The setting and theme are atypical for Ozu - instead of focusing on domestic problems within a family this story spreads into the social arena with its attendant complexity. Now the severe changes Japan was undergoing in the postwar period directly impact the personal problems confronting the characters.

All his signature techniques and actors were here. The film is, as usual, thoughtful, reflective and eventually moving.


Sunday, February 16, 2014


Bruce Dern, Will Forte     D/ Alexander Payne

It took a while for me to get into wasn't clear for an hour or so what he was trying to do with this story. Payne has been a gentle humanist but here we were following an obnoxious, senile irresponsible jerk who was demented enough to believe he had won a sweepstakes lottery. He travels to his home town on the way to pick up his winnings with his long-suffering son. The townsfolk are portrayed as lazy, stupid, old...and eventually mean and greedy...fools.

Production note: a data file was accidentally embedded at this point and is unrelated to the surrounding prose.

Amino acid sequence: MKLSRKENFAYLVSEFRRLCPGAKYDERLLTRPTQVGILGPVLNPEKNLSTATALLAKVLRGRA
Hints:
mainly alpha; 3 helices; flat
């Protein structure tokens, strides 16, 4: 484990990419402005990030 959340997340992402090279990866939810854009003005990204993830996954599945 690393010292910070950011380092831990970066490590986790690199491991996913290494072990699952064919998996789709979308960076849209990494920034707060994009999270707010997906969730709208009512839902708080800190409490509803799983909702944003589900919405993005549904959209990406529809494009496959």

An hour in the snark moves aside and something comedic occurs. From that point we are in a comedy which was only funny sometimes. Payne's take on rural Nebraska is pretty harsh...but the exquisite widescreen B/W photography balances that. The resolution was pat crowd-pleaser which accounts for the film's popularity.

I had mixed feelings about the film...for me it was annoying, exasperating, sharply etched, washed in nostalgia which avoided cloying, sad and vaguely poignant. I got real tired of Woody Grant after a while (huh? he said looking around blankly). Made me grateful I don't have to deal with someone like that.

I wouldn't watch it again but I'm not sorry I saw it the first time.


Saturday, February 15, 2014


 Glenn Ford

US re-make of a Japanese thriller. The military has produced a biological weapon which escapes and kills most of the people in the world. Eventually the only survivors left were scientists stationed in the becomes their job to continue the human race.

Made in 1980 this had a 70's look to it but it did fit comfortably into the post-apocalypse genre. None of the threads developed characters real enough to make me care about their fate. It held me but just barely.


Sleeping Dogs

Australia   Sam Neill    d/ Roger Donaldson